3. The ESRC is the UK's largest funding agency for research and postgraduate training relating to social and economic issues. It provides independent, high quality, relevant research to business, the public sector and Government. The ESRC invests more than £123million every year in social science and at any time is supporting some 2,000 researchers in academic institutions and research policy institutes. It also funds postgraduate training within the social sciences to nurture the researchers of tomorrow. More at http://www.esrcsocietytoday.ac.uk

4. ESRC Society Today offers free access to a broad range of social science research and presents it in a way that makes it easy to navigate and saves users valuable time. As well as bringing together all ESRC funded research (formerly accessible via the Regard website) and key online resources such as the Social Science Information Gateway and the UK Data Archive, non-ESRC resources are included, for example, the Office for National Statistics. The portal provides access to early findings and research summaries, as well as full texts and original datasets through integrated search facilities. More at www.esrcsocietytoday.ac.uk

5. The ESRC confirms the quality of its funded research by evaluating research projects through a process of peer review. Sometimes the ESRC publishes research before this process is finished so that new findings can immediately inform business, Government, media and other organisations. This research is waiting for final comments from academic peers.

Economic & Social Research Council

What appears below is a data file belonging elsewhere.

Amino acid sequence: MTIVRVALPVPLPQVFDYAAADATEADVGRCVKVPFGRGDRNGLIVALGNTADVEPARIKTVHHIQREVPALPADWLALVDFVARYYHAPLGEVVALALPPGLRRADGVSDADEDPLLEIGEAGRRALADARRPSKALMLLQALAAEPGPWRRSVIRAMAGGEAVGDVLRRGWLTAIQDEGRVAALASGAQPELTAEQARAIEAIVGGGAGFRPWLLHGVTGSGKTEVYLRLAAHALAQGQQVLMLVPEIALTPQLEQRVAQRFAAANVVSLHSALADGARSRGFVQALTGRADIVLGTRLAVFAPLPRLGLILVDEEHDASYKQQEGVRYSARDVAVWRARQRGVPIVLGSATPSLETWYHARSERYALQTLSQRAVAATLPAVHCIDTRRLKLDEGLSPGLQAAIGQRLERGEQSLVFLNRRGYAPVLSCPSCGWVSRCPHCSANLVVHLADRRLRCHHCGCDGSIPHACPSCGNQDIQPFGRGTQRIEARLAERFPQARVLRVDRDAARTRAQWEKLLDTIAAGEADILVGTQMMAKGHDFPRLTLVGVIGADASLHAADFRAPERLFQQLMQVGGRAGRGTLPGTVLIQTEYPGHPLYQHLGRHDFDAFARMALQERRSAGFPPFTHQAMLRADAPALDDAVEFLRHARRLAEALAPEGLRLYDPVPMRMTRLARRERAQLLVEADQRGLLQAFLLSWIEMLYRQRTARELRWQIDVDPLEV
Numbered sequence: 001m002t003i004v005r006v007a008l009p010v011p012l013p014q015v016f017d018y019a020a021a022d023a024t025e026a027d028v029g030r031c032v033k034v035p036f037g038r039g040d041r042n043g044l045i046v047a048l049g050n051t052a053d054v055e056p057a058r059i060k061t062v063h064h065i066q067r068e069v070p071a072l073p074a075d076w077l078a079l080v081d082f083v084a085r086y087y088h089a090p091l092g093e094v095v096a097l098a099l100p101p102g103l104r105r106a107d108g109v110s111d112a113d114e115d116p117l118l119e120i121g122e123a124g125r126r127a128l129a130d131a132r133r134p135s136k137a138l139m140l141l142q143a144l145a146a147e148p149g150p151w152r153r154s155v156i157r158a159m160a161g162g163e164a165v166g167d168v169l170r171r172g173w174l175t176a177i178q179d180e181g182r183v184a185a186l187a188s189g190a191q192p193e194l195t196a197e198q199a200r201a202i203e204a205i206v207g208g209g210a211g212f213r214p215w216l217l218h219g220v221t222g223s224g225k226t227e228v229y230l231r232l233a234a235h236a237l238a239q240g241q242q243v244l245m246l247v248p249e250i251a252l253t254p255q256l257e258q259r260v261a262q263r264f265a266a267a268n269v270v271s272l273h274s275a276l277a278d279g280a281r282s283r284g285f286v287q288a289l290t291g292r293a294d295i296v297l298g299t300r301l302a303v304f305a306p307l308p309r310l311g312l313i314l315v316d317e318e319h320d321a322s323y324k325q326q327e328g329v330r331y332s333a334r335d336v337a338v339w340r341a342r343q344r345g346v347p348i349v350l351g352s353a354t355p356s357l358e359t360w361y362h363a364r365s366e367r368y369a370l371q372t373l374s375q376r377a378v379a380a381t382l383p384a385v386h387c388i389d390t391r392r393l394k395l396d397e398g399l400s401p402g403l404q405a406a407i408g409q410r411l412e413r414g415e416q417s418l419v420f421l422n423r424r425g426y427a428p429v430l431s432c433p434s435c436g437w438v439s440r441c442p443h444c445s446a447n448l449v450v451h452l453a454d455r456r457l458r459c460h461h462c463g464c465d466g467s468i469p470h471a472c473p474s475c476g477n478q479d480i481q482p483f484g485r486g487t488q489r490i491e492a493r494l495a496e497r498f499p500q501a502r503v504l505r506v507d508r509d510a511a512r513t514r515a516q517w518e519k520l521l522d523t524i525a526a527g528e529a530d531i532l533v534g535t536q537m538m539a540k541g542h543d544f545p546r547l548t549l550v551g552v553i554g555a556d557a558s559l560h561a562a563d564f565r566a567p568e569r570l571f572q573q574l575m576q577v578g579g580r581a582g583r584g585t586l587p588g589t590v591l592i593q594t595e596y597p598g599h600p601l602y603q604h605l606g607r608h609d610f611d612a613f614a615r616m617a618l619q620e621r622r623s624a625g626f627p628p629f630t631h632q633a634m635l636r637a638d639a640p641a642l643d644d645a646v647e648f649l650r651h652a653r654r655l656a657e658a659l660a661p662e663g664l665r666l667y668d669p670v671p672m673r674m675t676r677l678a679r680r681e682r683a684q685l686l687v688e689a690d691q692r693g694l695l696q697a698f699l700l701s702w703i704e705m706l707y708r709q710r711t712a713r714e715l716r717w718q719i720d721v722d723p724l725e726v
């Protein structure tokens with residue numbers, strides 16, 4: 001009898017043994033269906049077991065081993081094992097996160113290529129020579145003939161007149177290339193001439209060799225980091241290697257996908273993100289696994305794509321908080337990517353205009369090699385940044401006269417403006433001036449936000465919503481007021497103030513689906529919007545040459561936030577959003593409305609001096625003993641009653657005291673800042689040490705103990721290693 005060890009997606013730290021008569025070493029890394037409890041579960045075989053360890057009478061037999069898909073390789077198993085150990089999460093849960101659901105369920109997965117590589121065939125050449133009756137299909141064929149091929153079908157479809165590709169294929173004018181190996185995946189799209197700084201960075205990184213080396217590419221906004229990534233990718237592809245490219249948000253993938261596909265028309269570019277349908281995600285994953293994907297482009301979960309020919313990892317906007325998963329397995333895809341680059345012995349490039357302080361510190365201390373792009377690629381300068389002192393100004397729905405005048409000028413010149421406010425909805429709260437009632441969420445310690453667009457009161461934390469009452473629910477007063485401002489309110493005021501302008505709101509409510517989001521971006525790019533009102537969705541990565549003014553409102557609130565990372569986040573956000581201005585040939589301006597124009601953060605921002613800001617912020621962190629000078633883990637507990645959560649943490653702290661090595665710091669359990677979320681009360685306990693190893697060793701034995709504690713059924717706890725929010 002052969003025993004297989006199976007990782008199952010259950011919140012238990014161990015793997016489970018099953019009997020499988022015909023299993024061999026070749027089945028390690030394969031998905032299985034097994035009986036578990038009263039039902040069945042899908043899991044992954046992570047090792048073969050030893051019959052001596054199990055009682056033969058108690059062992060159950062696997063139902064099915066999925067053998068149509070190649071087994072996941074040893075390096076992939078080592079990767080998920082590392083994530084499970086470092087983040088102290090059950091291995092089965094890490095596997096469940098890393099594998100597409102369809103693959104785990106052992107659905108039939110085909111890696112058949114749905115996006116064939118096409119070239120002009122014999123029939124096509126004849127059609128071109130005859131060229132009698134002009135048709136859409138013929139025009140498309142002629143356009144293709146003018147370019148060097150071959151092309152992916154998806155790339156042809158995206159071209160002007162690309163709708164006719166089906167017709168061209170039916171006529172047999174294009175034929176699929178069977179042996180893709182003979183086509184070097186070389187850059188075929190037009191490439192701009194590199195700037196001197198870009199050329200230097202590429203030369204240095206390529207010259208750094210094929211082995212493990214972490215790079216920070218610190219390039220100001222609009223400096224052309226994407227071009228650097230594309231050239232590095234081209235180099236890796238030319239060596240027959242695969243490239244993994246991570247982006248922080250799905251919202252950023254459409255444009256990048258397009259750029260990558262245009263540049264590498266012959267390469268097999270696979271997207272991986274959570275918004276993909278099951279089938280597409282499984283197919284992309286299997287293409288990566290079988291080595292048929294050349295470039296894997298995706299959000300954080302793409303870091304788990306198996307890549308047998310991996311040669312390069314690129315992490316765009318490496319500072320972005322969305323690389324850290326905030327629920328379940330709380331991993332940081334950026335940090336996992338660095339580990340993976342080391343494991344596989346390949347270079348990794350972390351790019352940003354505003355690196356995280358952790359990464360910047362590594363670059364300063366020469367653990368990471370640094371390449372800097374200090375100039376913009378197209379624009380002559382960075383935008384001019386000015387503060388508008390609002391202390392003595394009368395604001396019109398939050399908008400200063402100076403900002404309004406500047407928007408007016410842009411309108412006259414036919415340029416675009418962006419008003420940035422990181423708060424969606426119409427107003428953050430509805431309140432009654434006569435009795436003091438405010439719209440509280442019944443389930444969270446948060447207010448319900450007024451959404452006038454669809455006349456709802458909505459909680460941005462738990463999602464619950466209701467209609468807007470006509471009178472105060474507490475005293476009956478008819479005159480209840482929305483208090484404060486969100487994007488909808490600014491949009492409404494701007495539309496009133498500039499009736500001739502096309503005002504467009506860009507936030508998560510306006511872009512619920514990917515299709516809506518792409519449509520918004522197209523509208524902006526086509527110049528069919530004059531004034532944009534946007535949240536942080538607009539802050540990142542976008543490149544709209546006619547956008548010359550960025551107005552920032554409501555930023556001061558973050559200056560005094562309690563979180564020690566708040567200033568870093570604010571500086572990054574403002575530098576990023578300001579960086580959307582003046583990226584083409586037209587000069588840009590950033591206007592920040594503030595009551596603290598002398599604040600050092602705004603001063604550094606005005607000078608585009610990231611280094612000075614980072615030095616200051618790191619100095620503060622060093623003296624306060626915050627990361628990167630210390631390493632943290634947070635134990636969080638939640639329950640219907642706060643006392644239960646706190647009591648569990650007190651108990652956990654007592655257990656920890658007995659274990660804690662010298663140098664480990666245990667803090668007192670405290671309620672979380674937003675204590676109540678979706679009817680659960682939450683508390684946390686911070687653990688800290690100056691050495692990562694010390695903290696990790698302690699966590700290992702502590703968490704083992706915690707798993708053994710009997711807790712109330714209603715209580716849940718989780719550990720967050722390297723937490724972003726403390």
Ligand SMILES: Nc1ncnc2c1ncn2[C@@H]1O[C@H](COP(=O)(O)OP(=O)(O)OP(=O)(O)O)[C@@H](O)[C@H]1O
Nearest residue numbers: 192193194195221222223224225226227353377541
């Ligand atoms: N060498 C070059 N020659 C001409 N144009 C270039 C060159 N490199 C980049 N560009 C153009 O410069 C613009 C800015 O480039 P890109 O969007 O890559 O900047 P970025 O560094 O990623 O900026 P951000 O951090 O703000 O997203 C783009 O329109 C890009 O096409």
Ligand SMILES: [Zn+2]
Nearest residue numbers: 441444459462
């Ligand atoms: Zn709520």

Related Considerable Lengths Articles from Brightsurf:

Castration-resistant prostate cancer at high risk of metastasis: enzalutamide has added benefit
Castration-resistant prostate cancer at high risk of metastasis: enzalutamide has added benefit.

Darolutamide in prostate cancer: Indication of considerable added benefit
The advantages in the outcome categories of mortality, morbidity and health-related quality of life are not accompanied by disadvantages.

Growing polymers with different lengths
ETH researchers have developed a new method for producing polymers with different lengths.

CAR T cell therapy: potential for considerable savings
Chimeric antigen receptor (CAR) T cell therapy is a new and in some cases highly effective form of immunotherapy to treat certain types of cancer.

Romosozumab in osteoporosis: Considerable added benefit for women after menopause
Treatment leads to fewer vertebral fractures and to fewer other typical fractures in postmenopausal women with severe osteoporosis at high risk of fracture.

Inspired by cheetahs, researchers build fastest soft robots yet
Inspired by the biomechanics of cheetahs, researchers have developed a new type of soft robot that is capable of moving more quickly on solid surfaces or in the water than previous generations of soft robots.

Survey: Seriously ill Medicare beneficiaries can face considerable financial hardship
In a nationwide survey, 53% of seriously ill Medicare beneficiaries reported having problems paying a medical bill.

A considerable percentage of deaths in HIV patients are due to cryptococcal infections
Cryptococcal meningitis causes about one in ten HIV-related deaths, according to a study of autopsies performed in Mozambique and Brazil and coordinated by the Barcelona Institute for Global Health (ISGlobal), an institution supported by 'la Caixa'.

Apalutamide in prostate cancer: indication of considerable added benefit
Symptomatic progression is significantly retarded by this drug. This advantage clearly outweighs the disadvantages presented by some side effects.

Wonder material: Individual 2D phosphorene nanoribbons made for the first time
Tiny, individual, flexible ribbons of crystalline phosphorus have been made by UCL researchers in a world first, and they could revolutionise electronics and fast-charging battery technology.

Read More: Considerable Lengths News and Considerable Lengths Current Events
Brightsurf.com is a participant in the Amazon Services LLC Associates Program, an affiliate advertising program designed to provide a means for sites to earn advertising fees by advertising and linking to Amazon.com.